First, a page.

How Do We Compare With the U.S.?

National estimates of the lack of health insurance coverage for children age 0-18 are lower (5.7%) than for Utah (8.3%) based on the 2019 ACS (American Community Survey). Please note that the methods used to calculate the uninsured rate between the ACS and the BRFSS are different. This report uses the BRFSS as its data source.

Available Services

MEDICAID: In the Salt Lake City area, call 801-538-6155. In Utah, Idaho, Wyoming, Colorado, New Mexico, Arizona, and Nevada, call toll-free 1-800-662-9651.[[br]] From other states, call 1-801-538-6155.[[br]] Medicaid Customer Service staff are available to take inquiries. CHIP: Children's Health Insurance Program (for children 0-18)[[br]] 1-888-222-2542 or visit the CHIP website at []

Related Indicators

Relevant Population Characteristics

Eligibility for Medicaid and CHIP is based largely on family income, as a percentage of the federal poverty level. However, other factors are involved in determination of program eligibility, such as disability (Medicaid), or recent private plan coverage (CHIP). Children born outside the U.S. who have not lived in the U.S. for at least five years are not eligible for Medicaid or CHIP, regardless of their family's income.

Related Relevant Population Characteristics Indicators:

Health Care System Factors

Only children with no other health plan coverage are eligible to receive CHIP services.

Related Health Care System Factors Indicators:

Risk Factors

Income is used as a primary factor in eligibility requirements for both Medicaid and CHIP.

Related Risk Factors Indicators:

Graphical Data Views

Uninsured Children Aged 0-18 by Federal Poverty Levels, Utah, 2019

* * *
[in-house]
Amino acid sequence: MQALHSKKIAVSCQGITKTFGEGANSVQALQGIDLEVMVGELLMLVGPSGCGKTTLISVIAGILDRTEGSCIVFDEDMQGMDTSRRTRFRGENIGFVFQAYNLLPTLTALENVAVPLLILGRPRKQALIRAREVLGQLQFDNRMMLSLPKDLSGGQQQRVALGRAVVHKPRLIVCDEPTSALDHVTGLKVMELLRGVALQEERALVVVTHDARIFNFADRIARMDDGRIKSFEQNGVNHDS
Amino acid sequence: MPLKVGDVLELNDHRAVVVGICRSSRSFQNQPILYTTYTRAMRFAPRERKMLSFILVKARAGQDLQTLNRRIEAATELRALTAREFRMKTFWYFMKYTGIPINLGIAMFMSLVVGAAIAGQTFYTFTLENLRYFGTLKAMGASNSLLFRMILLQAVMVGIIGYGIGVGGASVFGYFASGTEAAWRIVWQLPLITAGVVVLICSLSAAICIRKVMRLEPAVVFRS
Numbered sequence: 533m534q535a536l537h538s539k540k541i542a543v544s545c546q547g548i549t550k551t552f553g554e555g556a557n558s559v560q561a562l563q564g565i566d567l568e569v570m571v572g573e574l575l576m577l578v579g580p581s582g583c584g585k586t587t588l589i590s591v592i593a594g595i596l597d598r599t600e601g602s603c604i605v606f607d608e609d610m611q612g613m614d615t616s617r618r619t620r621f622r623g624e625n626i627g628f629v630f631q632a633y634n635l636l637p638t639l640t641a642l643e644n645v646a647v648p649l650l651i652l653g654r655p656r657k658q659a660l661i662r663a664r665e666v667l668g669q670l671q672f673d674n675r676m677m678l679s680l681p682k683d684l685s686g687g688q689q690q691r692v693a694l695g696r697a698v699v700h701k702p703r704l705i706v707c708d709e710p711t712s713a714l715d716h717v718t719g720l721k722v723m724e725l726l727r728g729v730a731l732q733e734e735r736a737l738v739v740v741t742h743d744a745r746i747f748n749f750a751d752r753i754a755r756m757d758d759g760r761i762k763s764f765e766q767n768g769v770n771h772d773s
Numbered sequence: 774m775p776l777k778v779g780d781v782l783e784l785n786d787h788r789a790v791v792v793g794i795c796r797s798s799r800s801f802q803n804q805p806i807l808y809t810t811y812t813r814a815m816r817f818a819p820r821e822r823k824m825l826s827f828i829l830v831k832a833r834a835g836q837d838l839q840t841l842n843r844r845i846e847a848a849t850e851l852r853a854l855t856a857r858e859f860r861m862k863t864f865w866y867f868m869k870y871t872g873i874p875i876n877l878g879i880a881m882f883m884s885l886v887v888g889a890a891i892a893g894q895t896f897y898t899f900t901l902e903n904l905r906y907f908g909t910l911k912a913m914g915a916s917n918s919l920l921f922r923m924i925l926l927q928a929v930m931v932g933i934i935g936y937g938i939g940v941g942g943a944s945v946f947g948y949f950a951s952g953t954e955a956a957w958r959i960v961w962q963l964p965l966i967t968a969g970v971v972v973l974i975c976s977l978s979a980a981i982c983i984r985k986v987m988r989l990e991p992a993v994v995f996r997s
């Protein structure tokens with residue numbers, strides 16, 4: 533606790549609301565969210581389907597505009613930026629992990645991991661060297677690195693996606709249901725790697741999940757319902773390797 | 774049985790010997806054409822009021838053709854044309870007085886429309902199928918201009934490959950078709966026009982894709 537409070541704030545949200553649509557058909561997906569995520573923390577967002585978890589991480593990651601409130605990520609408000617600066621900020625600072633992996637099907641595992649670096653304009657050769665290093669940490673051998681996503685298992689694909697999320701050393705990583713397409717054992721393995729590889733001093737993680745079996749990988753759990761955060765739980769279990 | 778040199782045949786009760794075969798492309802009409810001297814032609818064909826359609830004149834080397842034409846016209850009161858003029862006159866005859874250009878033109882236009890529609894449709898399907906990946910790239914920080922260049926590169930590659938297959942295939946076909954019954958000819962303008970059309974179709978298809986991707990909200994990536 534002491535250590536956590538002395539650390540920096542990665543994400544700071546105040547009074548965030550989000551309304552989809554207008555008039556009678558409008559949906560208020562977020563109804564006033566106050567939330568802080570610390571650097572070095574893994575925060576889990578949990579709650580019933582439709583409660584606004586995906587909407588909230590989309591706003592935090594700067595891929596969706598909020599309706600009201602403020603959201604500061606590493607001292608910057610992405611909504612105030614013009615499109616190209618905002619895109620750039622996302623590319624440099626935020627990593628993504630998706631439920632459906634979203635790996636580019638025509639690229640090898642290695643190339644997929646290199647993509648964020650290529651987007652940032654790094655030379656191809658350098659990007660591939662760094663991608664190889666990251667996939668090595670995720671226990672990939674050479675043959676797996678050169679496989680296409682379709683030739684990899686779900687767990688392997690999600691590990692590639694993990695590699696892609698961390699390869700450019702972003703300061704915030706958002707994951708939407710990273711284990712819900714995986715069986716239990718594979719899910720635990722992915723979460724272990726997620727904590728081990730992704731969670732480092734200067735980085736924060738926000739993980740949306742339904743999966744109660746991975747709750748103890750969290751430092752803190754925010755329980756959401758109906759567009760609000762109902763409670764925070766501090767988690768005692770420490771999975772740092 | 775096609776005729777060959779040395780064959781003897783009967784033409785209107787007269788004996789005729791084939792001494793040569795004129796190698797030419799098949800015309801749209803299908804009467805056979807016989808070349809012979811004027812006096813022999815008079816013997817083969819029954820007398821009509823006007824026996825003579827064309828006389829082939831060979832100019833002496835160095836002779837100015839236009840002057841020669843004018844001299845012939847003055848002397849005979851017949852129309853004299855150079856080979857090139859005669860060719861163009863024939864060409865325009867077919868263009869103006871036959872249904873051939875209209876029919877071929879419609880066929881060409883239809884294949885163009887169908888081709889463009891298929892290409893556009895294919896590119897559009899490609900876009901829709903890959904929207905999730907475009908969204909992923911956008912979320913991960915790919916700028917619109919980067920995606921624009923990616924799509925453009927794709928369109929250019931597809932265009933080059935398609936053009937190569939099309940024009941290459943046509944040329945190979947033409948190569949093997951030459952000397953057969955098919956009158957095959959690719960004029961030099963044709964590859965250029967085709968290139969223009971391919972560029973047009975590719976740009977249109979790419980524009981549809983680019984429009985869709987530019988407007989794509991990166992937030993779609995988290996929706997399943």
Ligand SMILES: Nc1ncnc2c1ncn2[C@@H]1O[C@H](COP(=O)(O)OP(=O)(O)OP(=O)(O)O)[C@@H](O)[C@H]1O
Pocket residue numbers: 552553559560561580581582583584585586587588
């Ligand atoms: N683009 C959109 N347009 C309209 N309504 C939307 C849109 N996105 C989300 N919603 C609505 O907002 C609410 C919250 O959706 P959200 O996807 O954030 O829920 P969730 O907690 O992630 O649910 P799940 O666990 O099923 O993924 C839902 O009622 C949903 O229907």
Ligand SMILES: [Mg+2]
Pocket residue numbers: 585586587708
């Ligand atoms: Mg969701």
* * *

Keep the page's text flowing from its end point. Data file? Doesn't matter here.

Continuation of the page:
::chart - missing::

An estimated 4.8% of Utah children aged 0-18 lacked health insurance coverage in 2019. The percentages in this figure represent the estimated percentage of all uninsured Utah children aged 0-18 in each category. 138% and 200% of the federal poverty level are the maximums for Medicaid and CHIP.
Income EligibilityPercentage of ChildrenNote
Record Count: 3
0-138% FPL37.5%Income Eligible for Medicaid
138-200% FPL9.4%Income Eligible for CHIP
Over 200% FPL53.1%Household Over 200% FPL

Data Notes

For more historical estimates of the uninsured in Utah, please see: [].

Data Source

Utah Data: Behavioral Risk Factor Surveillance System, Office of Public Health Assessment, Utah Department of Health

More Resources and Links

Evidence-based community health improvement ideas and interventions may be found at the following sites:

Additional indicator data by state and county may be found on these Websites:

Medical literature can be queried at the PubMed website.

Page Content Updated On 10/27/2020, Published on 01/04/2021
The information provided above is from the Department of Health's Center for Health Data IBIS-PH web site ( The information published on this website may be reproduced without permission. Please use the following citation: " Retrieved Sat, 27 November 2021 6:46:36 from Department of Health, Center for Health Data, Indicator-Based Information System for Public Health Web site: ".

Content updated: Mon, 4 Jan 2021 15:08:54 MST